Argentine neo-Nazi politician fails to qualify for election

Alejandro Biondini, who said he'd expel the Israeli ambassador if elected, fails to garner enough primary votes.

Ben Ariel,

Argentina's Congress in Buenos Aires
Argentina's Congress in Buenos Aires
iStock

A neo-Nazi politician failed to garner enough primary votes to qualify for Argentina’s general elections in October, JTA reports.

The primaries, which were held on Sunday, determined each party’s slate of candidates and tickets.

Candidates that do not pass 1.5 percent of the votes are excluded from the general election.

Among them are Alejandro Biondini, a veteran far-right leader who has expressed a fondness for Hitler in the past. He got 58,572 votes, or .24 percent of the vote.

Biondini is also staunchly anti-Israel. In February, he said he will expel the Israeli ambassador from Argentina should he be elected.

“I define myself as a clear defender of the Palestinian State. I repudiate the colonialist genocidal Zionism. I reaffirm it: when I am president I will expel the British and the Israeli ambassadors,” he tweeted at the time.

When Biondini launched his campaign in May, he reiterated his promise and warned the country’s Jewish leadership, “I said to the DAIA (Argentina’s Jewish political umbrella organization) that this is Argentina… this is not Israel,” to applause and shouts from the crowd.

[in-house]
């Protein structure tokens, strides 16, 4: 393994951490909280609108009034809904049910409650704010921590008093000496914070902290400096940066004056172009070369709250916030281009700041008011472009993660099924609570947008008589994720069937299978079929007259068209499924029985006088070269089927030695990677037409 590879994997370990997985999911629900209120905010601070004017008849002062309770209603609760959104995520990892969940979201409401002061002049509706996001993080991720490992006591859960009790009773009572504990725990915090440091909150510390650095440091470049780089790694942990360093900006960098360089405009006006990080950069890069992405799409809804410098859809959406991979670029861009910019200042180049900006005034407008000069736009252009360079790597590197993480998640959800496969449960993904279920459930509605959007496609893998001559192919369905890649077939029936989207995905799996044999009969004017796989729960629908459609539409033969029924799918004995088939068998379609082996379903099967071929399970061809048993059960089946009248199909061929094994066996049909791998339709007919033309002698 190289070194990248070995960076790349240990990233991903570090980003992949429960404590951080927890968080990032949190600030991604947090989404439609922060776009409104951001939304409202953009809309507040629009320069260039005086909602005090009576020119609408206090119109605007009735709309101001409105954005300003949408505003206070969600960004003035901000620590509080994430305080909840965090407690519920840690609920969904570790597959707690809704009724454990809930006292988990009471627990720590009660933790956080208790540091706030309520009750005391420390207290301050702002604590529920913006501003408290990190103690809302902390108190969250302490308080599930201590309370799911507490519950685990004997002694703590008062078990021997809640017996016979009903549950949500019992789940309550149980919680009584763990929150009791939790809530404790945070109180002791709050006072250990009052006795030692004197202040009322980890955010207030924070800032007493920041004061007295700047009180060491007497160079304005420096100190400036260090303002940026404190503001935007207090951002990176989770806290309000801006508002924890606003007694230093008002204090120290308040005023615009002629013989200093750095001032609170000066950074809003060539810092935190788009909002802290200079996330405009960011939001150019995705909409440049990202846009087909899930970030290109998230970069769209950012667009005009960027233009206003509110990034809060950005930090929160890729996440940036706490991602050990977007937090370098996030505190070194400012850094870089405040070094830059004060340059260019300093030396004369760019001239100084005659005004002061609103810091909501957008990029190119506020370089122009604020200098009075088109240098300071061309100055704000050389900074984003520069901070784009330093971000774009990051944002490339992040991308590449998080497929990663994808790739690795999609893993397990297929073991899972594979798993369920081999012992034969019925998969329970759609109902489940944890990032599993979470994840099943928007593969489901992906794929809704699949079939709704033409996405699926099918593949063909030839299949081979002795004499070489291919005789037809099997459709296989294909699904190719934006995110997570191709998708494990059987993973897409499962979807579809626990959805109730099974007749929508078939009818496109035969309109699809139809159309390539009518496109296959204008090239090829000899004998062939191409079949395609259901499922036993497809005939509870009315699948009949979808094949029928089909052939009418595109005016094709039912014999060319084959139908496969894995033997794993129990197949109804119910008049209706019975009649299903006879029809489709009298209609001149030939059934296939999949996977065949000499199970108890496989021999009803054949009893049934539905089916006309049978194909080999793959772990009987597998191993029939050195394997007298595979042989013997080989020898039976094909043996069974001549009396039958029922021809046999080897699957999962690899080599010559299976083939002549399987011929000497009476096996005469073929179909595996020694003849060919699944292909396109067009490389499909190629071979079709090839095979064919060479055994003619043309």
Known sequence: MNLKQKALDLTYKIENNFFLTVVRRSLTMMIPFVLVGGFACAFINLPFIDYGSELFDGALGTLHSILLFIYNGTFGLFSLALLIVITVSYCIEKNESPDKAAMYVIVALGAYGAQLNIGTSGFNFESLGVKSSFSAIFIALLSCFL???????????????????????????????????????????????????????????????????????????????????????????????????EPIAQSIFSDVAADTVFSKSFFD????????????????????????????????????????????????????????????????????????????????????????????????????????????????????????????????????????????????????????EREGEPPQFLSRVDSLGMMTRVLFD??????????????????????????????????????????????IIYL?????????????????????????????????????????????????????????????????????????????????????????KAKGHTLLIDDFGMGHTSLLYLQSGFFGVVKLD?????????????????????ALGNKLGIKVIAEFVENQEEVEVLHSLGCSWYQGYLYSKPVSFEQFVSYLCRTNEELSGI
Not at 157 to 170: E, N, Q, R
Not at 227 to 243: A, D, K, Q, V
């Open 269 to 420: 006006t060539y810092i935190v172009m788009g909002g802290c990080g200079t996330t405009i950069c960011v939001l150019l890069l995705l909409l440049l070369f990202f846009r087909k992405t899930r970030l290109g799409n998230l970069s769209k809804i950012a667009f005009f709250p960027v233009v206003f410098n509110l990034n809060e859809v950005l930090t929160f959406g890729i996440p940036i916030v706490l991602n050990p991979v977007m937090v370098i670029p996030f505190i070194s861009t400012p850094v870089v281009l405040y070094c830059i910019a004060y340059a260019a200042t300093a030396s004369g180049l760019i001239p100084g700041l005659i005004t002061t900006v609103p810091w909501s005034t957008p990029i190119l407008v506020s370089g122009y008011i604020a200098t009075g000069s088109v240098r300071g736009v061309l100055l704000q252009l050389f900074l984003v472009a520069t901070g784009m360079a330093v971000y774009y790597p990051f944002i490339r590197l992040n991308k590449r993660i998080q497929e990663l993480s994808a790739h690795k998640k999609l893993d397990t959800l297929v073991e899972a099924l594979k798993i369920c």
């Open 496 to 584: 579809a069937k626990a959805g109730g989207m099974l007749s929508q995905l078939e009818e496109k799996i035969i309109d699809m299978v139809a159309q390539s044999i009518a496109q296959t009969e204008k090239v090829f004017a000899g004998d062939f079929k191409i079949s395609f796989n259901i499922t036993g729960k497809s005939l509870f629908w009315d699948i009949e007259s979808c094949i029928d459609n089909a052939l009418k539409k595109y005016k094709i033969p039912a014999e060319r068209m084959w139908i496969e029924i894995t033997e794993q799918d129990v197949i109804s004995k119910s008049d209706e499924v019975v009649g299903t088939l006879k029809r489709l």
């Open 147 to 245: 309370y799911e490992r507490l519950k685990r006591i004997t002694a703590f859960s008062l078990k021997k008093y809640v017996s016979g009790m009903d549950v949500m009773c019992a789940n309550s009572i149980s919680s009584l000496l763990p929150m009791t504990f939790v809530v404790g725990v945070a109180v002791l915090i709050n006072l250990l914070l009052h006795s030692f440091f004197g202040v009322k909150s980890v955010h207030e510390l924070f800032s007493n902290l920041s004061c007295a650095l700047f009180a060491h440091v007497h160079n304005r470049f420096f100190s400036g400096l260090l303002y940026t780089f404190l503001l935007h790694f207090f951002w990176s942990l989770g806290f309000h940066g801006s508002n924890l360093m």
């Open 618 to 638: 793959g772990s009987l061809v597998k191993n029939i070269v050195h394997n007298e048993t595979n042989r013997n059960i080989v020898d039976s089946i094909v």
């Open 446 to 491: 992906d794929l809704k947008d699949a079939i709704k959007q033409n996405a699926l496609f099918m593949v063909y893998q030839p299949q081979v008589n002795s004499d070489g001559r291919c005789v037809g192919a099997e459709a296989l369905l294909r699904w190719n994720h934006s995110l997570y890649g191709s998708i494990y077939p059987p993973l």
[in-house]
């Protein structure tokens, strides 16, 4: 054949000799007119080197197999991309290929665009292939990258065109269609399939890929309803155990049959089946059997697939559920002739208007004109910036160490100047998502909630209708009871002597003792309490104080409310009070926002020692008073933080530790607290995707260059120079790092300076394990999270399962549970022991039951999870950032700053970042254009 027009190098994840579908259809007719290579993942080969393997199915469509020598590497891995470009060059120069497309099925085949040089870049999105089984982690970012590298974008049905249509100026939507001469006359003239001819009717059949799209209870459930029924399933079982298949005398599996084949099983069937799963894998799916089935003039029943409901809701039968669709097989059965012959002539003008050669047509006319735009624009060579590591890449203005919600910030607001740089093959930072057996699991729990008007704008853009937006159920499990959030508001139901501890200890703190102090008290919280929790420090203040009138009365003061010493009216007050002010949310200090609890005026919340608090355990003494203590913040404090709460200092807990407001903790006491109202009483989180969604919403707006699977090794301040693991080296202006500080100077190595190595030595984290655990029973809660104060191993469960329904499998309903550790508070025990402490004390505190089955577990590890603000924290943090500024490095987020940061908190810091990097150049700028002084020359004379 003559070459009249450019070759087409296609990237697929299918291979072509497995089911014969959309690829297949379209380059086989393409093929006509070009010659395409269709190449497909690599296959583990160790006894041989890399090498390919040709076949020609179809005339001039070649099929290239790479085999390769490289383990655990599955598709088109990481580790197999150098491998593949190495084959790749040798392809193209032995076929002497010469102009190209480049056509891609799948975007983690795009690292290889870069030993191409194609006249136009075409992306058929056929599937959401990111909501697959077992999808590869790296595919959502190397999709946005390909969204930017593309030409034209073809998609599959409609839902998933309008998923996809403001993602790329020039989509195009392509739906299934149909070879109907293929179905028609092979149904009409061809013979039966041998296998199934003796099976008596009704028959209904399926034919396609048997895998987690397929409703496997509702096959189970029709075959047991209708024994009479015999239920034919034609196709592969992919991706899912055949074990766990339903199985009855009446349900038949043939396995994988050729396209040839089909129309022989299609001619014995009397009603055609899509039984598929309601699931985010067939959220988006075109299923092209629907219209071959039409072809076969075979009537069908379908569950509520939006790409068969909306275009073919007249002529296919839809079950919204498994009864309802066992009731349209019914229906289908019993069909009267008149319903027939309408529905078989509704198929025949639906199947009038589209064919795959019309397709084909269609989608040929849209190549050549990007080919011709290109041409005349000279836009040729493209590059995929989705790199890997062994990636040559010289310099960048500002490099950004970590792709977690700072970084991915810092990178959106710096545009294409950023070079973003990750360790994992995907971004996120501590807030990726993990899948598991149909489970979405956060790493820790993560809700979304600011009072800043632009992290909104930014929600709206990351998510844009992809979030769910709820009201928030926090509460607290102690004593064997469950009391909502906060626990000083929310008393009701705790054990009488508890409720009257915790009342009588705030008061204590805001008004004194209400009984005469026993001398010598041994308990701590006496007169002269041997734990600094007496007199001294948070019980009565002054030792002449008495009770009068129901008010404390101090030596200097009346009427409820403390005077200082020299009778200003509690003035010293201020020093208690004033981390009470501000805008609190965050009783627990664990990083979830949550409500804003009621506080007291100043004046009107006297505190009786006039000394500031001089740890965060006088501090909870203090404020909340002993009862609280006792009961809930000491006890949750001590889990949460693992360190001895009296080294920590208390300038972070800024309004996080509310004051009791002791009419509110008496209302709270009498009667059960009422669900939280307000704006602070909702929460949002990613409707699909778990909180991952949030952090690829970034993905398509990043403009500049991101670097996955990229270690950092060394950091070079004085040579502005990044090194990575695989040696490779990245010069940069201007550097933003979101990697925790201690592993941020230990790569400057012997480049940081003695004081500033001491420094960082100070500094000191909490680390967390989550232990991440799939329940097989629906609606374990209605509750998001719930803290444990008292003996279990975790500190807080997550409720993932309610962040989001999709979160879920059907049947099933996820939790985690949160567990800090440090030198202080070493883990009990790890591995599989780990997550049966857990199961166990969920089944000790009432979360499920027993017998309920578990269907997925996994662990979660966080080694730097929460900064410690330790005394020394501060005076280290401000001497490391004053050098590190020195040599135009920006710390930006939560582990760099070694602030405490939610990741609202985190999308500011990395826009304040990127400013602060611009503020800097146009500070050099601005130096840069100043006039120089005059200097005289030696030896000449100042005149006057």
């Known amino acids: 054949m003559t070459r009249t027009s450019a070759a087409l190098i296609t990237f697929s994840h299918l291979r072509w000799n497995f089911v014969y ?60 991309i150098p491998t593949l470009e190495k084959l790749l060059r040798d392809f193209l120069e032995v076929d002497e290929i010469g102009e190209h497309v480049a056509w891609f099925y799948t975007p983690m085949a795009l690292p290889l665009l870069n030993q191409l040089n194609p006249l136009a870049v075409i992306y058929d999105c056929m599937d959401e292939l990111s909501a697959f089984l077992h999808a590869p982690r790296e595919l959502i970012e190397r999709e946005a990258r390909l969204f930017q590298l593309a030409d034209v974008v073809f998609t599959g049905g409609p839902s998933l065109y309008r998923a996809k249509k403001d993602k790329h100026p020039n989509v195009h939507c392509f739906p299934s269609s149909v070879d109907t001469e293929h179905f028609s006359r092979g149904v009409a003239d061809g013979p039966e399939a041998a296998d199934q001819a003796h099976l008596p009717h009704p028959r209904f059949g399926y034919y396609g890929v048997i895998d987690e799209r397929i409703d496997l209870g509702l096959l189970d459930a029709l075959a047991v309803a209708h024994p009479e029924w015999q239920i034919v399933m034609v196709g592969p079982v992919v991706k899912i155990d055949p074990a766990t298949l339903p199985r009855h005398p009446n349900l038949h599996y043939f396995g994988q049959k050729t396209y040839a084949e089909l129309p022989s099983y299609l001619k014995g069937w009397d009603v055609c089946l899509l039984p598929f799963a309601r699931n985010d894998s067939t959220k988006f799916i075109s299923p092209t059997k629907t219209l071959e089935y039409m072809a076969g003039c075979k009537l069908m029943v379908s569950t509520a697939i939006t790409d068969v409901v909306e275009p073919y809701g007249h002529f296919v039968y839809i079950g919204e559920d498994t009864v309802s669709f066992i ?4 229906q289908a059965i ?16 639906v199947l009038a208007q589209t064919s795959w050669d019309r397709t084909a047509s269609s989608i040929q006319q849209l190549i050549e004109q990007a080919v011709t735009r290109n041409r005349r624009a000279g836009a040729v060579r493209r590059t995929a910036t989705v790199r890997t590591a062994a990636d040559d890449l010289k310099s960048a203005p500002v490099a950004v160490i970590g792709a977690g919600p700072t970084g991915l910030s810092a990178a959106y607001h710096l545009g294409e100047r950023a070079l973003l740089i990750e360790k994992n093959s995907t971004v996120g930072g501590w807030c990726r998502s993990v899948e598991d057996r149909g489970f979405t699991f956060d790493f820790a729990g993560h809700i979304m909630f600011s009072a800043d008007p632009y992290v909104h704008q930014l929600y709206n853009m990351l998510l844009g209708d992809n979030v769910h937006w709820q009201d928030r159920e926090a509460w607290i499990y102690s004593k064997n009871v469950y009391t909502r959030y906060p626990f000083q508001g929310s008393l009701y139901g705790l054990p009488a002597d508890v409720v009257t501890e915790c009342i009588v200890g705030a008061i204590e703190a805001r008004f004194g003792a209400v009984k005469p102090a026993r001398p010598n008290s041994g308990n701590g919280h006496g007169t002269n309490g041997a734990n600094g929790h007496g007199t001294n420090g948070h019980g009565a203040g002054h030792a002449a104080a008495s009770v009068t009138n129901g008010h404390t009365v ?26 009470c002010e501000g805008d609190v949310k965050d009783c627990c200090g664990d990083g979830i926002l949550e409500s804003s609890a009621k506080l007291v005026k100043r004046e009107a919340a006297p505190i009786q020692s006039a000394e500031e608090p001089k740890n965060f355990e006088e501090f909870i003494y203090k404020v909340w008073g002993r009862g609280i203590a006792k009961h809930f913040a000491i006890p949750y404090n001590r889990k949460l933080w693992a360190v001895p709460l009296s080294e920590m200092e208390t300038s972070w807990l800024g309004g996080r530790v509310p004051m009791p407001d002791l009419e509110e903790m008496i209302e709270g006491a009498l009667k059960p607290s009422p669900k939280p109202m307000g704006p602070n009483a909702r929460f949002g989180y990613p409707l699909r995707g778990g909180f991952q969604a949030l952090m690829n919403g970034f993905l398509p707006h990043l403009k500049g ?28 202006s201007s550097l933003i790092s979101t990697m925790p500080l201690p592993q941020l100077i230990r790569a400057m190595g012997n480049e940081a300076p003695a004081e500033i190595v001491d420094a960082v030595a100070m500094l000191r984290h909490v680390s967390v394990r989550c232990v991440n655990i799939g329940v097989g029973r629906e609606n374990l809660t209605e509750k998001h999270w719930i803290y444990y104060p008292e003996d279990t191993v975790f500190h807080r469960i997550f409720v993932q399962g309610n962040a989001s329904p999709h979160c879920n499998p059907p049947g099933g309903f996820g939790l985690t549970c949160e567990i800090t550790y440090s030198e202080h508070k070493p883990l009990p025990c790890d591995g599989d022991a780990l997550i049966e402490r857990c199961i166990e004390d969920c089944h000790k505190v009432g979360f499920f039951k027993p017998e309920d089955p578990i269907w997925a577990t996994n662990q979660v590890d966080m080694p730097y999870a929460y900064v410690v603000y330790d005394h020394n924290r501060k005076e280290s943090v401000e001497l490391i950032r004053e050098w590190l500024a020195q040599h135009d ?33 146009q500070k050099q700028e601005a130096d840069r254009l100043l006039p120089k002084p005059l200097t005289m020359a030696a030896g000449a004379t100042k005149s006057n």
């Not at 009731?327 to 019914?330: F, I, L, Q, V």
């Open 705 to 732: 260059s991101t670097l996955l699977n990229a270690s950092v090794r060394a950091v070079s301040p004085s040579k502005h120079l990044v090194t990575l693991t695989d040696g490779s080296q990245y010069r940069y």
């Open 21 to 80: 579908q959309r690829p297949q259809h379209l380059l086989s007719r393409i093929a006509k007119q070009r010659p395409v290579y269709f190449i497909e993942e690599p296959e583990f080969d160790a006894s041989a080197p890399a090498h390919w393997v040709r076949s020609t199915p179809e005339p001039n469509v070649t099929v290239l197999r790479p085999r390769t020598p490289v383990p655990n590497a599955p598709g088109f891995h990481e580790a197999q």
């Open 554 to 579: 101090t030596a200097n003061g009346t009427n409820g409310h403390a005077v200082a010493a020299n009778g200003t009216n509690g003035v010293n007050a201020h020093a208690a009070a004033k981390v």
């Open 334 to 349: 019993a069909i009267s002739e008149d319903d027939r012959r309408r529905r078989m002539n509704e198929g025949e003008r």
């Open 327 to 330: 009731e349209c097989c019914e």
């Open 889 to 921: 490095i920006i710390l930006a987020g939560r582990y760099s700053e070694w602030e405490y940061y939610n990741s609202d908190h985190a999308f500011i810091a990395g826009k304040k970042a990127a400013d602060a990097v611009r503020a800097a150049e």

Biondini has openly espoused anti-Semitism and his admiration for Adolf Hitler. In a TV interview in 1999, he said, “We vindicate Adolf Hitler.”

In 1988, he led chants of “Death to traitors, cowards and Jews” at a gathering of extreme-right demonstrators in Buenos Aires

His previous party, New Triumph, was banned by Argentina’s electoral court in 2009. In November 2018, Buenos Aires Federal Judge Adolfo Gabino Ziulu granted approval to Biondini’s new party, Patriotic Front, a decision condemned by the Argentinean Jewish political umbrella, DAIA.

Biondini’s remarks in May followed a series of anti-Semitic incidents in Argentina. In one incident, swastikas were painted in front of a Jewish-owned barbershop in the traditional Jewish neighborhood of Villa Crespo in Buenos Aires.

A week earlier, a man wearing a kippah was beaten and subject to anti-Semitic epithets on a street in Buenos Aires.

In April, a man broke into a synagogue in Buenos Aires during Friday evening services, threatened the worshipers and shouted anti-Semitic slogans and curses.

In February, nine gravestones in a Jewish cemetery in the northwestern city of San Luis were vandalized.




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